Clause 4(a)(i) required that for the purpose of recognition as a university an institution should generally be engaged in teaching programmes and research in chosen fields of specialisation which are innovative and of very high academic standards at the masters (or equivalent) and/or research levels. It should also have a greater interface with society through extramural, extension- and fieldaction-related programmes.

Clause 4(b) ruled out deemed university status for institutions affiliated to universities and which offered only conventional programmes leading to B.A./B.Com./B.Sc., or M.A./M.Com./M.Sc. degrees. However, such an institution which also offers innovative programmes and which has adequate resources might be considered for recognition as a university.

Both the Ministry of Human Resource Development (MHRD) and the UGC granted deemed university status with conditions to be fulfilled, whereas their own guidelines stipulate that the status must be conferred only to institutions with an excellent track record and proven academic excellence.

The petition pointed out that the MHRDs notifications with conditions to introduce postgraduate programmes and research, appoint senior well-qualified staff and obtain recognition from the Medical Council of India (MCI) and the granting of deemed university status to institutions where admissions had been stopped by the All India Council for Technical Education (AICTE) were serious aberrations.

The petition argued that as higher education is in the Concurrent List, the view of the State government must be obtained before processing an application, as it is the local authority with full knowledge of the institution.

In 2006, the UGC prohibited deemed universities from franchising. However, the petition brought to light several cases of franchising by these universities and the UGC response did not go beyond issuing warnings and notices.

The petition sought a direction to the UGC to confer deemed university status only on institutions providing quality training, and certifications, and producing highly rated research material and quality professionals with global acceptability.

In its counter-affidavit, the MHRD refuted the argument that the number of institutions was inversely related to quality. The MHRD virtually washed its hands off the controversy by suggesting that the UGC was the authority competent to examine the academic potential of an institution and that before sending its recommendations to the MHRD the UGC followed an established procedure that included appointment of an expert committee, inspection of the institution by the said committee, correspondence with the institution regarding the deficiencies pointed out by the committee, and the consideration of the committees recommendations at a meeting of the Commission.

The MHRD said that given the pressure on the higher education system, there was need for judicious expansion of infrastructure in the sector. In view of this position and in order to cater to the demand of a large number of people for higher education, institutions had been conferred with the deemed university status.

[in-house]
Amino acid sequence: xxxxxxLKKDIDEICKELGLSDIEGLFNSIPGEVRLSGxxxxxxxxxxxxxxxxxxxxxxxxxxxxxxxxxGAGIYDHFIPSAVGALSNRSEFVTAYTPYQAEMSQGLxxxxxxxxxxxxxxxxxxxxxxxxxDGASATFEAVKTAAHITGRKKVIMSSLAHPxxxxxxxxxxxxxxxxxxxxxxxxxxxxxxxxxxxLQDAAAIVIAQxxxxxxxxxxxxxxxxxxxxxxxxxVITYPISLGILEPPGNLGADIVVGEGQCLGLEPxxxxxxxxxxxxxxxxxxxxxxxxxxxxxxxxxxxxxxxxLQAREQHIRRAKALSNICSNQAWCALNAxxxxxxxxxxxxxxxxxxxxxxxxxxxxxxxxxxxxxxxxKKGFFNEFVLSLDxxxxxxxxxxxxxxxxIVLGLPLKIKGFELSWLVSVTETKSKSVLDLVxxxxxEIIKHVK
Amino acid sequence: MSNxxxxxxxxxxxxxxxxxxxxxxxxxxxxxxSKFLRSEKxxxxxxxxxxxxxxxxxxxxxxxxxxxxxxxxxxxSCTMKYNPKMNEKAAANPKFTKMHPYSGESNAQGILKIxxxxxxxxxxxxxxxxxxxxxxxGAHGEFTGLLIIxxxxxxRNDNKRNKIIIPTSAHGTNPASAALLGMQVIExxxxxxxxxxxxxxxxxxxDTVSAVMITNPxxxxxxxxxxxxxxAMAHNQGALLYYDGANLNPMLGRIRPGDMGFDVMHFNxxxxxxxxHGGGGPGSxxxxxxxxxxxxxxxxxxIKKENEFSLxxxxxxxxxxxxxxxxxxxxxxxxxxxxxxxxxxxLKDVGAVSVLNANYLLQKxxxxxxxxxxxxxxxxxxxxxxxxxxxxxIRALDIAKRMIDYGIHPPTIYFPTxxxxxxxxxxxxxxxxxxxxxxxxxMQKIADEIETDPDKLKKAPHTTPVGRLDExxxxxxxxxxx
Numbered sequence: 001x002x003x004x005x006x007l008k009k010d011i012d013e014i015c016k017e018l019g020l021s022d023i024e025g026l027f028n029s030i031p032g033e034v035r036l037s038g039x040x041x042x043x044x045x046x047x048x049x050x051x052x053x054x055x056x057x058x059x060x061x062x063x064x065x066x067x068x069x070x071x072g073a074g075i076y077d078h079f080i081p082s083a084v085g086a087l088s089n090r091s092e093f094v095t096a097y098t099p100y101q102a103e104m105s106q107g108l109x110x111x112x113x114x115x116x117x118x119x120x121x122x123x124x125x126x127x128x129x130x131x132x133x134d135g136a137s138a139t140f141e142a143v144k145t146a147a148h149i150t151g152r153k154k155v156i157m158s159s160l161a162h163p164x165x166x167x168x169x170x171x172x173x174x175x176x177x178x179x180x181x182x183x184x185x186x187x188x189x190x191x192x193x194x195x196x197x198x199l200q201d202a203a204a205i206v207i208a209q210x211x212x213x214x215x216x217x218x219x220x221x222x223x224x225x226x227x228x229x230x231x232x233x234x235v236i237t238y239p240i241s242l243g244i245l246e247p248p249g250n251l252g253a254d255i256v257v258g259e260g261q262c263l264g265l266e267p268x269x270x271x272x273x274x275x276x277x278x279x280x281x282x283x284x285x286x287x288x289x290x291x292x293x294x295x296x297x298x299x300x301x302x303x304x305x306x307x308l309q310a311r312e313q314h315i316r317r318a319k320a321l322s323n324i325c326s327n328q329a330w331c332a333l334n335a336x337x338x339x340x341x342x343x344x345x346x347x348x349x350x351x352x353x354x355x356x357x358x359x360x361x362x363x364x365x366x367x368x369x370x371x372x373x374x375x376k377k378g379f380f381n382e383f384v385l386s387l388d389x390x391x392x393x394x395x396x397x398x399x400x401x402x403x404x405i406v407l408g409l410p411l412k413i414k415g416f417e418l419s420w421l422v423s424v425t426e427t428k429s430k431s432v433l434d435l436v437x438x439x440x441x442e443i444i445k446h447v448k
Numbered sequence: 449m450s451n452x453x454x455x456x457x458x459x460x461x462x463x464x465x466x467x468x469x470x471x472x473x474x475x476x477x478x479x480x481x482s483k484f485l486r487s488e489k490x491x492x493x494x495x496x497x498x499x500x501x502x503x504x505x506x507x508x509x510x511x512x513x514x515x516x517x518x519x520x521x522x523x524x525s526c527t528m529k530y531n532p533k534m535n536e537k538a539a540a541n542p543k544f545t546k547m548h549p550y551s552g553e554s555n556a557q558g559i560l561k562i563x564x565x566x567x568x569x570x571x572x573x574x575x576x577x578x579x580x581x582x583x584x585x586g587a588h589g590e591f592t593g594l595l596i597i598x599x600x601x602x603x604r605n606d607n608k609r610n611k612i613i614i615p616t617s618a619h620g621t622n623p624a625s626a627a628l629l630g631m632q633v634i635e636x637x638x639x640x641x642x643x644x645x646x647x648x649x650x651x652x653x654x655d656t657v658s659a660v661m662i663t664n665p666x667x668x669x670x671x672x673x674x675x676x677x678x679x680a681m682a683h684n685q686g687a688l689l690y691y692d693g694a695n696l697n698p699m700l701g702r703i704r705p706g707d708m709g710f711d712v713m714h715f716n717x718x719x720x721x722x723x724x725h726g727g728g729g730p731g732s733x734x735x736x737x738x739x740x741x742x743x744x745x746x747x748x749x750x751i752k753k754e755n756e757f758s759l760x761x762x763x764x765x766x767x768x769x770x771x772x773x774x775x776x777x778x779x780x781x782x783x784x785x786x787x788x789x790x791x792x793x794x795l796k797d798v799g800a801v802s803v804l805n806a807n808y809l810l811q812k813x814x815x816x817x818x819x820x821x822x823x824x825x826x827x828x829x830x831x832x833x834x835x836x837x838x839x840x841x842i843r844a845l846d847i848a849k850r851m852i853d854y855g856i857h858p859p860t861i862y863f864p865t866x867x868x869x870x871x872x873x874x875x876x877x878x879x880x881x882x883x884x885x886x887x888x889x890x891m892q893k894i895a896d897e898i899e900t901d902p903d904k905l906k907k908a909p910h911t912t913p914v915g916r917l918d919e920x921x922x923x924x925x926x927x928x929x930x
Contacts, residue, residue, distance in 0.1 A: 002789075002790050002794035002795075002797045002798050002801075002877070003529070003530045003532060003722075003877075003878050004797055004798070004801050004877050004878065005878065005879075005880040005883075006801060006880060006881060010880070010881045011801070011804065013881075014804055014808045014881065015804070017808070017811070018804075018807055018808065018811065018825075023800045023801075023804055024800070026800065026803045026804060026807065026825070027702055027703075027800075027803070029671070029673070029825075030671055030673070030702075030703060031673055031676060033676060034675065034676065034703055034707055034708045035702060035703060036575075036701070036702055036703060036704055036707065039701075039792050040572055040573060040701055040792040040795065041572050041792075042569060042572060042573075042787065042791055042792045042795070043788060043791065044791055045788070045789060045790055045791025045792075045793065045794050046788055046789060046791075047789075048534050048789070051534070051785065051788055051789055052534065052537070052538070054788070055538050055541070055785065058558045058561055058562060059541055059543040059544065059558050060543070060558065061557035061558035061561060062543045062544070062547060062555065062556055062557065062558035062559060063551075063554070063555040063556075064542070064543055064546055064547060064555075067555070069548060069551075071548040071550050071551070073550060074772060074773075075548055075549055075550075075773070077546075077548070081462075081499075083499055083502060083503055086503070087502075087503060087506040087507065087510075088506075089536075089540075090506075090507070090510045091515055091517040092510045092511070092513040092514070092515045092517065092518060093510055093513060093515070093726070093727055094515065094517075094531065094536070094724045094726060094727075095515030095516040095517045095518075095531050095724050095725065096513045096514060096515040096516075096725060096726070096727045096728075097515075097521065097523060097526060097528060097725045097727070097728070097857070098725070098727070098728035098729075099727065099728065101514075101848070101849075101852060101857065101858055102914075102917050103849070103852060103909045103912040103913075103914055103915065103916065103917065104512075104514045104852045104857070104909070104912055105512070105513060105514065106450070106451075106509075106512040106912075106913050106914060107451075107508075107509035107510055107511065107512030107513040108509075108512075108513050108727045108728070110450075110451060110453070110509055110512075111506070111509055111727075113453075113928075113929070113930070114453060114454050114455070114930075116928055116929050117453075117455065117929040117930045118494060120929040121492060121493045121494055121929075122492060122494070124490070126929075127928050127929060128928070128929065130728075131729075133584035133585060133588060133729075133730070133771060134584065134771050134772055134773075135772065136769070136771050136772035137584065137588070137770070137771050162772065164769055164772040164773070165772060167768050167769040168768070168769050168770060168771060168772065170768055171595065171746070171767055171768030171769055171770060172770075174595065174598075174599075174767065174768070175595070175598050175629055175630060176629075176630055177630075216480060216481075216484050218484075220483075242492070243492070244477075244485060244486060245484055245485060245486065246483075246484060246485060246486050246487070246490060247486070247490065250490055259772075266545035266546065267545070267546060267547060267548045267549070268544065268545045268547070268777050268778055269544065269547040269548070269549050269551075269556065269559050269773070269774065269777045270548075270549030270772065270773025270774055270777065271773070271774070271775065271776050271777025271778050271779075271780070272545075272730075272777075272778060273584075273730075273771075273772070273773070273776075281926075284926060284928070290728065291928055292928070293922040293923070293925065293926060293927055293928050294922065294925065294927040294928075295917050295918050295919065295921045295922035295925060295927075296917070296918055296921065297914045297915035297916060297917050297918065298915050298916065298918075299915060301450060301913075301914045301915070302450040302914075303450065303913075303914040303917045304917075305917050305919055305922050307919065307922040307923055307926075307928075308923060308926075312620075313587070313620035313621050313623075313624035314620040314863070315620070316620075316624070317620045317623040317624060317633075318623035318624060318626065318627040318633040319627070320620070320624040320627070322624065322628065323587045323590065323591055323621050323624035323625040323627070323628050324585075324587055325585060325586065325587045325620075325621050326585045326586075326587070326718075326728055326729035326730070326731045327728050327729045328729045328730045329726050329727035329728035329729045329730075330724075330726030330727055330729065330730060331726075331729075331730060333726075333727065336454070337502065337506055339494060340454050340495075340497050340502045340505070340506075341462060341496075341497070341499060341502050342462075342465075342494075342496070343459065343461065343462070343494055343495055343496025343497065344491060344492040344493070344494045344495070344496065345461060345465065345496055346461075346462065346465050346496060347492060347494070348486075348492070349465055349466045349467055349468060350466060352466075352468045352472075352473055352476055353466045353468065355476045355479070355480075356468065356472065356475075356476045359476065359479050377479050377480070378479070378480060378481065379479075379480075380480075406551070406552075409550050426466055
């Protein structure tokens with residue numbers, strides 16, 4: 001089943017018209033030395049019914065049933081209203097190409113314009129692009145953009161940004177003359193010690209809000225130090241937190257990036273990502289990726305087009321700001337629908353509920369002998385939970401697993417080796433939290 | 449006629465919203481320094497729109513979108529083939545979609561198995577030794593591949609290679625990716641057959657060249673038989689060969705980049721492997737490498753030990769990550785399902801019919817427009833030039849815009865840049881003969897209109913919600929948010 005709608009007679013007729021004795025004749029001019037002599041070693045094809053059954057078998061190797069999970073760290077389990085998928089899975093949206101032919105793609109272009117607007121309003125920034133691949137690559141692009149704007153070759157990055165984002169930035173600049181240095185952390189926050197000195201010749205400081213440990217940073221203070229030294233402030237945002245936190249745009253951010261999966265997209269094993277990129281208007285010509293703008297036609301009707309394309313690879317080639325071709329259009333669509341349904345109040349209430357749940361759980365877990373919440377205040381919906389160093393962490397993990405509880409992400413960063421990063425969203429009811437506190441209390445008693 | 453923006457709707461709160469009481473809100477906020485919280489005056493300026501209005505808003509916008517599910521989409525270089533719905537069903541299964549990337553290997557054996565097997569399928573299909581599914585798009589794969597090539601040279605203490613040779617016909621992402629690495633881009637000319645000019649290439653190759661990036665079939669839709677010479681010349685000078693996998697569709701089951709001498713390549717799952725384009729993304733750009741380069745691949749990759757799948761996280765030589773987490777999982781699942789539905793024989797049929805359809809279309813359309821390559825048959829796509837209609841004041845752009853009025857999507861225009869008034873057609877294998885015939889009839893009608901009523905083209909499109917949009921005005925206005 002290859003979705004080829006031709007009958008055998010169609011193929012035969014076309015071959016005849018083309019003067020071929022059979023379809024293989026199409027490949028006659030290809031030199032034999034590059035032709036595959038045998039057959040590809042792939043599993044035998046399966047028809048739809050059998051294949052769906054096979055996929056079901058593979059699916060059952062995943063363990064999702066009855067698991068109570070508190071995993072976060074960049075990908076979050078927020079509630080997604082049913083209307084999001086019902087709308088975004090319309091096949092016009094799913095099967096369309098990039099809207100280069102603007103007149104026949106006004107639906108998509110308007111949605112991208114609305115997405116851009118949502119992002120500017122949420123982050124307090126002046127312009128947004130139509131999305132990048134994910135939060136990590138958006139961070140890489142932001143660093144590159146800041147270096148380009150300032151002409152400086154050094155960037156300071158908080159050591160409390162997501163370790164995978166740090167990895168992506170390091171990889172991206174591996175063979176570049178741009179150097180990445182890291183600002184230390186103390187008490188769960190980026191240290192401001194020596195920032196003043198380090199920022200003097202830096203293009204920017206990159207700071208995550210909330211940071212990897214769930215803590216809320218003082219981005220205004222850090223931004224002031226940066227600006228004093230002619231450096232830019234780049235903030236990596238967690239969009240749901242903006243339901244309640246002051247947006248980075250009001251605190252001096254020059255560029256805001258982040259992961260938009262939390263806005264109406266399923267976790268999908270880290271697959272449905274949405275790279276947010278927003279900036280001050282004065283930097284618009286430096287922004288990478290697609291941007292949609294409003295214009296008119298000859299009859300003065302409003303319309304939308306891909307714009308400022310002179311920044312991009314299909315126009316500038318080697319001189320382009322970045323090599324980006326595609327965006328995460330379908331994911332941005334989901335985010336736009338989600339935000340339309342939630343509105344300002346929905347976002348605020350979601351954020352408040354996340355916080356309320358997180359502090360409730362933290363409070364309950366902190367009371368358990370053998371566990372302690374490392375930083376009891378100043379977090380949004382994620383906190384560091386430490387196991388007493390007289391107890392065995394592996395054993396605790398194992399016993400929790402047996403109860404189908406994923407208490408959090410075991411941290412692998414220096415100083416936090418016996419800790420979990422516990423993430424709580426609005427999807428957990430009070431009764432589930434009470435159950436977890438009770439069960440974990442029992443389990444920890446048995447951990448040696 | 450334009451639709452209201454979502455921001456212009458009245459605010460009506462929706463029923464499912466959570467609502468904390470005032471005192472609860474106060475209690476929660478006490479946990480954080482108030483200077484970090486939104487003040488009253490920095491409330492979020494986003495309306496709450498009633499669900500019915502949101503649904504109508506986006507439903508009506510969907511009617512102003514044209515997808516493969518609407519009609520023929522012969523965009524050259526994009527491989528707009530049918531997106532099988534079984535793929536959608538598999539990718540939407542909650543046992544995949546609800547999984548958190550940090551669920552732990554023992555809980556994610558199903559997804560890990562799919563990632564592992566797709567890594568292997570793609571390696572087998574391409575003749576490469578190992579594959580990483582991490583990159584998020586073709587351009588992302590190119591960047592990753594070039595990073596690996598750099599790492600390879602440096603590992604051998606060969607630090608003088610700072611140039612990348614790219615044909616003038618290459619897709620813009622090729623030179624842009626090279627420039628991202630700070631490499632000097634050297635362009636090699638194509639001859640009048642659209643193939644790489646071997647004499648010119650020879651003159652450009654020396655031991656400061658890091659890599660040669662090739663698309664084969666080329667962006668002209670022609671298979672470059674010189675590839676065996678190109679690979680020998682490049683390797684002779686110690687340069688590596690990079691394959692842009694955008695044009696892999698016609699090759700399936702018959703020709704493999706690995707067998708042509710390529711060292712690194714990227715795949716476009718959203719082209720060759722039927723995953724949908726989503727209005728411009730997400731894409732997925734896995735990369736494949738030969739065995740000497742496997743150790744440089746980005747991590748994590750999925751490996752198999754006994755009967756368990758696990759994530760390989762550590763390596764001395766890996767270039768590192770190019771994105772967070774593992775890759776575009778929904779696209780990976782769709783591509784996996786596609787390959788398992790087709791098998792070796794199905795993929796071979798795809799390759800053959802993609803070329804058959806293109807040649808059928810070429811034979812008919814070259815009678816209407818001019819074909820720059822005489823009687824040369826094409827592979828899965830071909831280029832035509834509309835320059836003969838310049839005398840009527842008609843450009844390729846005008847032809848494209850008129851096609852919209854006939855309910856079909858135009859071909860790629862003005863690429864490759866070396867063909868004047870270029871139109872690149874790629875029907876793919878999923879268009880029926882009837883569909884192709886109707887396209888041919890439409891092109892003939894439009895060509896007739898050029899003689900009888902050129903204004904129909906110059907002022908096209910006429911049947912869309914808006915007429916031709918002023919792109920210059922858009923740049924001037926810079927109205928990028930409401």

The MHRD also argued that since the UGC Act did not provide for consultations with State governments, the views of the State government were not binding in the decision-making process. The MHRD also expressed its concern for the autonomy of institutions of higher learning and deemed universities.

The UGC in its counter-affidavit claimed that it was in the process of framing a comprehensive regulation pertaining to the establishment and maintenance of standards of deemed universities and that it had decided to follow the old guidelines until the new ones were finalised. But the UGC appeared to have no answer why it was taking so long to finalise the new regulations and what the need was to circulate the draft of the revised guidelines among the deemed universities seeking its approval, some of whom were guilty of violating the guidelines.

One instance is perhaps sufficient to show that the procedure followed by the UGC was inadequate, by its own admission, to address the serious flaws in the recognition process.

In Paragraph 39 of its counter-affidavit, the UGC mentions that on October 31, 2005, the Allahabad Agricultural Institute (AAI) was directed to close down all study centres, extension centres and academic centres under its distance education programme immediately and to send the compliance report to the UGC. The UGC throws no light on whether it received a compliance report.

Meanwhile, concerned with the widespread complaints against the AAI, the MHRD constituted a committee to visit the AAI and asked it submit a report by November 15, 2005. The MHRD forwarded this report to the UGC seeking its advice on May 1, 2006.

The UGC, however, was not satisfied with the MHRD committees report. It constituted its own committee to consider the issue. This committee visited the AAI in September 2006, and until April 20, 2007, when the UGC submitted its counter-affidavit to the Supreme Court, it had not made any recommendation. Meanwhile, the institution continues to be a deemed university as per the MHRDs website, having earned the status on April 7, 2006.

The list of deemed universities on the MHRDs website shows that Tamil Nadu tops the list with 28, followed by Maharashtra (21) and Karnataka (15). According to the status of proposals for grant of deemed university status as on March 31, 2009, available on the UGCs website, Tamil Nadu again tops the list with as many as 37 pending applications, followed by Uttar Pradesh (30), Andhra Pradesh (26), Maharashtra (24) and Karnataka (17).

Clearly, it requires a serious study to know why and how certain States are in the forefront in the number of institutions seeking deemed university status and achieving it as well.